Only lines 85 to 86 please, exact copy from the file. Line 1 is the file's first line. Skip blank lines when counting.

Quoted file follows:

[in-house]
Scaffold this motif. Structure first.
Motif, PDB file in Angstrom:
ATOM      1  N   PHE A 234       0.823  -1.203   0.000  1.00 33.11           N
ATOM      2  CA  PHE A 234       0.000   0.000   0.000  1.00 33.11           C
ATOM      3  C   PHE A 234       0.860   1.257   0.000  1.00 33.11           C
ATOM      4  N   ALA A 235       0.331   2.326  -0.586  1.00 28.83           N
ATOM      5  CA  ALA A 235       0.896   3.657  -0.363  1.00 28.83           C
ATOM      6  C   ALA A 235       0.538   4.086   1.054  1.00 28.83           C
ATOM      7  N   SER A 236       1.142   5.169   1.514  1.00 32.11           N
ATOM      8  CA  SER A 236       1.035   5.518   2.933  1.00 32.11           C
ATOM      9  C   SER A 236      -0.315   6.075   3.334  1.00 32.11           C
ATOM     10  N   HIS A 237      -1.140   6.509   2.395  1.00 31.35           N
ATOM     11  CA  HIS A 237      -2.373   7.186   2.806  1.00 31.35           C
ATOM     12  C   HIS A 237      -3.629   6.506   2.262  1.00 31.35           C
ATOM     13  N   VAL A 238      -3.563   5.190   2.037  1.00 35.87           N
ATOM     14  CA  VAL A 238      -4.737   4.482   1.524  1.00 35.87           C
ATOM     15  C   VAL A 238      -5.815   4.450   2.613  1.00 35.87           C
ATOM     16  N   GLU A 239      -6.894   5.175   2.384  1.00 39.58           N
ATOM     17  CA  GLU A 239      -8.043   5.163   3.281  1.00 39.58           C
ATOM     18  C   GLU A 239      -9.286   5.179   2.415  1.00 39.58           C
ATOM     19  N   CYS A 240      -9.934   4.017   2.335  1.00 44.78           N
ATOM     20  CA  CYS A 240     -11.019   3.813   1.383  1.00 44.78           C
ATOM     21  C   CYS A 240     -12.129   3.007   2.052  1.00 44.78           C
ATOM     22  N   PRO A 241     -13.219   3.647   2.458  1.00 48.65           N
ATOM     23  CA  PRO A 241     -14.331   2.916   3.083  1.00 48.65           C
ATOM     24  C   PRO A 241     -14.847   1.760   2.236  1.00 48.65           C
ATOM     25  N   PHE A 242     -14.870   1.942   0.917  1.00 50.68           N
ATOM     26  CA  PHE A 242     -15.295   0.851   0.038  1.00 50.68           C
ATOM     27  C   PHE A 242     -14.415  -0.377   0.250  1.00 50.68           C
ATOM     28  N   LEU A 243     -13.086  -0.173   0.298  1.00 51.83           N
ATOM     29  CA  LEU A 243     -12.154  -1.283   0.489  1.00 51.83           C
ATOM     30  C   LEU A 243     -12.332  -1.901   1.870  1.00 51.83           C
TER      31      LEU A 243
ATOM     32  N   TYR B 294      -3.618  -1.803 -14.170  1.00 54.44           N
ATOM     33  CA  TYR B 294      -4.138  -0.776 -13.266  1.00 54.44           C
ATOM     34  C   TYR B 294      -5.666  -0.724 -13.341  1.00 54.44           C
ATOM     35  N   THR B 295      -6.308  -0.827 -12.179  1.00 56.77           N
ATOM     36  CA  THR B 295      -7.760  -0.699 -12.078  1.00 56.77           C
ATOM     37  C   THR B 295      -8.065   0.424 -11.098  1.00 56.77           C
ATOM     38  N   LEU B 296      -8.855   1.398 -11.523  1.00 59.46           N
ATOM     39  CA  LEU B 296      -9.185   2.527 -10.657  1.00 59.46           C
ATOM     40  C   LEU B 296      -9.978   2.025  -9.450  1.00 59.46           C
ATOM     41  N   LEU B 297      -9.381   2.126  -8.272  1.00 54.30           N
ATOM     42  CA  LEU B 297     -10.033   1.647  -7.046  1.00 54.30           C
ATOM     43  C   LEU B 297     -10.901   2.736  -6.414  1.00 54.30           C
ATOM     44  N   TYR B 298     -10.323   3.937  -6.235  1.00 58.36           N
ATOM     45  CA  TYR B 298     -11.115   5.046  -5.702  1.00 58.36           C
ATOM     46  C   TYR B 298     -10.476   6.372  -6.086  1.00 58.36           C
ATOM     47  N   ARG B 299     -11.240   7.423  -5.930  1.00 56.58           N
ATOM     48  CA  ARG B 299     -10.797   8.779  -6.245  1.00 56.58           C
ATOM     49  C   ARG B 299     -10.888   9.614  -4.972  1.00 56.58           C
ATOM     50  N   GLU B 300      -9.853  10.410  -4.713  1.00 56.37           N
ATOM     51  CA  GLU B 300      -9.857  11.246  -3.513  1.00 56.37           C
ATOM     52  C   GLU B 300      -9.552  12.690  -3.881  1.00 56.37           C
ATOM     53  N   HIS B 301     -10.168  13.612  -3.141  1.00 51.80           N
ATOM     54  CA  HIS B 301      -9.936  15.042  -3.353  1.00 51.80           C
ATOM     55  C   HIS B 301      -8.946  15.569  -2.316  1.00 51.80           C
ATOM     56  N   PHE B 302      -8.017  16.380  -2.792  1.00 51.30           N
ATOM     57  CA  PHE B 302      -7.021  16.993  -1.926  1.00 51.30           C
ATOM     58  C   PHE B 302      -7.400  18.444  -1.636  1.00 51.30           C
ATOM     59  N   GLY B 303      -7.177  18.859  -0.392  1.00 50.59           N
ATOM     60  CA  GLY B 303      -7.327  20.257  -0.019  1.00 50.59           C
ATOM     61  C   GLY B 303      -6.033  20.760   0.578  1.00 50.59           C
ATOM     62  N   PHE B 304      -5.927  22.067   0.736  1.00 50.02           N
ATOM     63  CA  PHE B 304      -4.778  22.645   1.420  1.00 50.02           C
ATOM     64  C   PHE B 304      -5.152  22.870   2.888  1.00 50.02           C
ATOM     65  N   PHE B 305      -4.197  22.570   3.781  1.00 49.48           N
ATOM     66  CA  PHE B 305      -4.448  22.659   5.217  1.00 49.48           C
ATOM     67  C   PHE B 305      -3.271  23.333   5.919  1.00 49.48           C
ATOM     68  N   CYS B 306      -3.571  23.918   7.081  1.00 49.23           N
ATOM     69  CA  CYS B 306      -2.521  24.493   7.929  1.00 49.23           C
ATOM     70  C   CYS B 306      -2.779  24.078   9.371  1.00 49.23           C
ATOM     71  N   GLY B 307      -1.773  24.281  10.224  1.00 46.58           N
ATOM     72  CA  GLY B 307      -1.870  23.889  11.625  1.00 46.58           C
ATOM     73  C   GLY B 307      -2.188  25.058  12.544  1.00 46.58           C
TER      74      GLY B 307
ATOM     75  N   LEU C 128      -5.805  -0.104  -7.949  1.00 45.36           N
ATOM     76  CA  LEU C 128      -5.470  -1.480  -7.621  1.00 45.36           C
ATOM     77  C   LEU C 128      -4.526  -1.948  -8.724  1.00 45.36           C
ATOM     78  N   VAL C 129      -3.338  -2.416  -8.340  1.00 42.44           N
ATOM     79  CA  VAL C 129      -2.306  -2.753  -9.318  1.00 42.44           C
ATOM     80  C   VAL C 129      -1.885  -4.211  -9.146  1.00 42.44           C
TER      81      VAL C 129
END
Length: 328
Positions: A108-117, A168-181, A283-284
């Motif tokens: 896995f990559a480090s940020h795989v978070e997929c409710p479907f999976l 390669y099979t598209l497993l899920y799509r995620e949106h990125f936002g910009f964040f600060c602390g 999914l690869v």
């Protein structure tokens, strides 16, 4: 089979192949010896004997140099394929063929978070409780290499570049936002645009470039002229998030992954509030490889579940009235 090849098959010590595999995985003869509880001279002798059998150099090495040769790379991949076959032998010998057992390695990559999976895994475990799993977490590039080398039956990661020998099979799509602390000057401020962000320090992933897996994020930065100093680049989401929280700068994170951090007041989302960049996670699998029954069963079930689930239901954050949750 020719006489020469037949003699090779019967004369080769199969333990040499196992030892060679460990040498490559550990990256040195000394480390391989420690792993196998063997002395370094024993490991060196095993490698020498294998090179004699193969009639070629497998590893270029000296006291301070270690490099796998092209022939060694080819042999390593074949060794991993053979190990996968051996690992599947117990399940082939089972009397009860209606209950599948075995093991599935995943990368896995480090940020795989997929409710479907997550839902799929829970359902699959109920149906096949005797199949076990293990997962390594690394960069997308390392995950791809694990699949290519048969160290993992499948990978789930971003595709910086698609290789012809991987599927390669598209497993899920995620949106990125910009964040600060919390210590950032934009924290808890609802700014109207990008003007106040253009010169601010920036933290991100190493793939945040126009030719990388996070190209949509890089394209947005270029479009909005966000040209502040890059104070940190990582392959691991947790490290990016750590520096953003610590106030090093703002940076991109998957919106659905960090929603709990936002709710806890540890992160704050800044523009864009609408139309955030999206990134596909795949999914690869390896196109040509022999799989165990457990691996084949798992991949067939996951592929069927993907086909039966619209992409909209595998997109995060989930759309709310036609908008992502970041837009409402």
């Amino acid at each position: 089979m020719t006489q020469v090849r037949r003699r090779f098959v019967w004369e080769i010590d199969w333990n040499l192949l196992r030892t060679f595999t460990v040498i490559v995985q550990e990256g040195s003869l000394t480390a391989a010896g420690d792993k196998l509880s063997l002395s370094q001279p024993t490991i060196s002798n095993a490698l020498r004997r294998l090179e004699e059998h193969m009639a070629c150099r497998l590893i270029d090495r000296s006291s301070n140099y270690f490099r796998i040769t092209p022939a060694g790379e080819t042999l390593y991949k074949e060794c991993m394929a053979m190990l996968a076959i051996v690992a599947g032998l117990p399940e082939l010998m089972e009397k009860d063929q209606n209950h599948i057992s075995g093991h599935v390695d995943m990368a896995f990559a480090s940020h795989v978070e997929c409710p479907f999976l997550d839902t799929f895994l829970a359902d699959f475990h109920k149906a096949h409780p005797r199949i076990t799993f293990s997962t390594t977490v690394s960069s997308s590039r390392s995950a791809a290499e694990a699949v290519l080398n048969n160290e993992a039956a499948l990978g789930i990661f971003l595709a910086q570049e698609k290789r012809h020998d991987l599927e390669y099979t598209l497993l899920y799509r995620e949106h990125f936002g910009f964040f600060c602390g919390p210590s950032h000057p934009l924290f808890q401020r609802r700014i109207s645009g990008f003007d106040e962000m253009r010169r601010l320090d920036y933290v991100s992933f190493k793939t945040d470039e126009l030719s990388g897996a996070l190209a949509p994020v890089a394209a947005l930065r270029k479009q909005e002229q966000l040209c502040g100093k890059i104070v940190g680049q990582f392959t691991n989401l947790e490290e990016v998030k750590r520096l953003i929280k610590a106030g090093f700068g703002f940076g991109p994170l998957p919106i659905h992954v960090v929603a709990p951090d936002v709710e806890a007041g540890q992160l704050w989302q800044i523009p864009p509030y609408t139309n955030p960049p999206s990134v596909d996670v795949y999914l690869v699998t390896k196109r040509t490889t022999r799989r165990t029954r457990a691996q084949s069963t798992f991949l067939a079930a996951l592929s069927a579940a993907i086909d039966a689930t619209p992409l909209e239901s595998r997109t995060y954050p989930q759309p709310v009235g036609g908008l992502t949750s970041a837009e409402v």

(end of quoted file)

END
Length: 328